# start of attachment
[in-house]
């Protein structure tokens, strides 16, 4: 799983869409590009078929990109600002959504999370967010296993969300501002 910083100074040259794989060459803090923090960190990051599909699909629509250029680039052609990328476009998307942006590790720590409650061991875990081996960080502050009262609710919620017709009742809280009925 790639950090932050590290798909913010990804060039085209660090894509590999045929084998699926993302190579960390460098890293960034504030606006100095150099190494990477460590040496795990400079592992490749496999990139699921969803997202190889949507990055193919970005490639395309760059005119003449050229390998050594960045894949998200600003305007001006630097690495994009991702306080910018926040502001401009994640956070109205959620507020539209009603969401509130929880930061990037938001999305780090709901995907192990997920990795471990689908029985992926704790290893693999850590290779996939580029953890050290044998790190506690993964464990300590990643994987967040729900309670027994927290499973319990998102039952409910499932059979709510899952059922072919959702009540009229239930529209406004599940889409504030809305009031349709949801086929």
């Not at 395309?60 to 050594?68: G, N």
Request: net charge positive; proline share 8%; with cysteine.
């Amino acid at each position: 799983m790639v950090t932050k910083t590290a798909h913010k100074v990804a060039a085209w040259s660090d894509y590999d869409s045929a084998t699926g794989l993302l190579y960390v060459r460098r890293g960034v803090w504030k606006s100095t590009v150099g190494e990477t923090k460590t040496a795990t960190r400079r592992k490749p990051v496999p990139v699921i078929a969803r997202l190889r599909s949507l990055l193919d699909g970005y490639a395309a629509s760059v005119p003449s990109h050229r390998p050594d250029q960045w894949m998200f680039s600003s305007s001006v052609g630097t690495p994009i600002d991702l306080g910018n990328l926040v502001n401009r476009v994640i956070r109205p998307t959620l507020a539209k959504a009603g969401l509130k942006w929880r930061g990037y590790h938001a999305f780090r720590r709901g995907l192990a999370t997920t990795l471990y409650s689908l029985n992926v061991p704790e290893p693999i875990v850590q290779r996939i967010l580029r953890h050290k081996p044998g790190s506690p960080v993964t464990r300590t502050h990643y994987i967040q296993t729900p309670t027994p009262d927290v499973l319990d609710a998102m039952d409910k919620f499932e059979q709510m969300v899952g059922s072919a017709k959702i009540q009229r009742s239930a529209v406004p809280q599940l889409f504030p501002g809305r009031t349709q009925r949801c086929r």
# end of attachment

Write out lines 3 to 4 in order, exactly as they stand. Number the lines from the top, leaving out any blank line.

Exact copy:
């Not at 395309?60 to 050594?68: G, N």
Request: net charge positive; proline share 8%; with cysteine.